Are you having some problems? Let's see if some of these tips will help to answer your questions and maybe give you some ideas for other things you can try with these files. If you get really stuck on a problem, you can send us a note using the question form on the Ask A Biologist website.
The first set of files are in PDF format and require the free Adobe reader plug-in or compatible program to print them. If you do not have the plug-in you can get it directly from the Adobe Reader Download Page.
The PDF files allow students to work out their own stories without the use of a computer. All that will be required are scissors, paper, glue, and if they want to add color to their story, coloring pencils.
If you want to save the files on your computer you can either use the save command available in your browser when you click on each file, or you can click on the file link using the right mouse button and either "Save Target As" or "Save Link As" to save to a location of you choice. Be sure to remember where you save the files.
The digital files contain a collection of the clipart images found on the PDF files and are organized based on the security reports. The clipart files are in GIF format and can be used in most programs. There are two different sets of files based on which computer platform you are using, PC, or Mac.
The PC download is a self-extracting file that requires no additional software to open and save in the folder of your choice. The Mac version requires a helping program that is standard on all Mac systems called Stuffit. Once downloaded it can be uncompressed and the files stored in the folder of your choice.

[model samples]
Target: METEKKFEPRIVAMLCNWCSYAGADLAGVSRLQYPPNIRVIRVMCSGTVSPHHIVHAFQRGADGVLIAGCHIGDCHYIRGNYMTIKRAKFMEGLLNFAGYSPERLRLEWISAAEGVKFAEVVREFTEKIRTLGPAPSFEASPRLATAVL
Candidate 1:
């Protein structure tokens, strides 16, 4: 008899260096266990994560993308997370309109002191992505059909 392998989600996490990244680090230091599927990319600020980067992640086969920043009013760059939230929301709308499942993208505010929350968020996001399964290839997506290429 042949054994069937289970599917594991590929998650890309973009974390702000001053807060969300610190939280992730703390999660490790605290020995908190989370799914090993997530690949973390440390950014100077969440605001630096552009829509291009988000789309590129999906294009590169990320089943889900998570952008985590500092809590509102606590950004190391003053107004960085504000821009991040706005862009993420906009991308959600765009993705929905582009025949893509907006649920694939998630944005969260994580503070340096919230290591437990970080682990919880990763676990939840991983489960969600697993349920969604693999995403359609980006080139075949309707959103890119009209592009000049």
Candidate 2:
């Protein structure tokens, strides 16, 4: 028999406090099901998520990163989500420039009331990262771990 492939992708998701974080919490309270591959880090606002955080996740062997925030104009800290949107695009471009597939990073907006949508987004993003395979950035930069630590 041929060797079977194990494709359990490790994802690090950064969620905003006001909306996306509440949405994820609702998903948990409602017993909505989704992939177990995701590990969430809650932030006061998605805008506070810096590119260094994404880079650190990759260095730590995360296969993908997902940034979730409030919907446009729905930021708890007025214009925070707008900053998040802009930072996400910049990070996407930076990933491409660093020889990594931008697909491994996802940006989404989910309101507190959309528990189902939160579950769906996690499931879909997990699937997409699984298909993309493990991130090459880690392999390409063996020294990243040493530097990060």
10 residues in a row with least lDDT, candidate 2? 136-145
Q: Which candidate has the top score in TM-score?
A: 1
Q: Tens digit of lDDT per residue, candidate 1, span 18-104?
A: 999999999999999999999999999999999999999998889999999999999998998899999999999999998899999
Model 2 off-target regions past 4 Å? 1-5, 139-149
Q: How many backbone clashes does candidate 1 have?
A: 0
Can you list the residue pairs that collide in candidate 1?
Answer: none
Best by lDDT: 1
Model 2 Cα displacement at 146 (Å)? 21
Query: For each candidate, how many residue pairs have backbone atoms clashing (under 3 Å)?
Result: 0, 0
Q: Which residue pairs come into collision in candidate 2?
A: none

The digital files work well for use with other computer programs, such as Microsoft PowerPoint or for the fine arts, Adobe Photoshop, or Adobe Illustrator. For schools that are not able to use these products for budget reasons, other free software such as Open Office can be downloaded and used to create quality digital presentations. More about these programs can be found in the next section.
One advantage of the digital clipart is that the files can be imported into other presentation and graphic art programs. Once imported, the files can be sized and text can be added to complete the process of creating the story. Depending on the programs that are available, color can also be added to the clipart to add some pop to the story.
Open Office has a very nice free presentation program that easily substitutes for Microsoft PowerPoint. Below is a short listing of the programs that can be used with the clipart and in some cases the location to download the software. This is by no means all the types of software that these files can be used in. In fact, most word processing software will also import the GIF files from this activity.
|Program Name||Type of Program||Platform||Fee or Free|
|Microsoft PowerPoint||Presentation||PC / Mac||Fee|
|Adobe Illustrator||Graphic editor||PC / Mac||Fee|
|Adobe Photoshop||Graphic / Photo editor||PC / Mac||Fee|
|Adobe Elements||Graphic / Photo editor||PC / Mac||Fee|
|Corel Draw||Graphic editor||PC||Fee|
|Corel Paintshop Pro||Graphic / Photo editor||PC||Fee|
|Corel Painter||Graphic Art editor||PC / Mac||Fee|
|Open Office||Presentation||PC / Mac / Linux||Free|
A note about GIF files
GIf files are called indexed color files. In most cases, indexed color files are more restrictive for adding color and sizing the images without losing some image quality. If you plan to import the images and color them in graphic art programs such as Adobe Illustrator or Adobe Photoshop, be sure to convert the file "mode" from "Indexed" to "RGB", or "CMYK" to ensure the highest quality output of the images.
Dr. Biology. (2020, September 09). MWDB - Help and Tips. ASU - Ask A Biologist. Retrieved October 23, 2020 from https://askabiologist.asu.edu/fr/node/5136
Dr. Biology. "MWDB - Help and Tips". ASU - Ask A Biologist. 09 September, 2020. https://askabiologist.asu.edu/fr/node/5136
Dr. Biology. "MWDB - Help and Tips". ASU - Ask A Biologist. 09 Sep 2020. ASU - Ask A Biologist, Web. 23 Oct 2020. https://askabiologist.asu.edu/fr/node/5136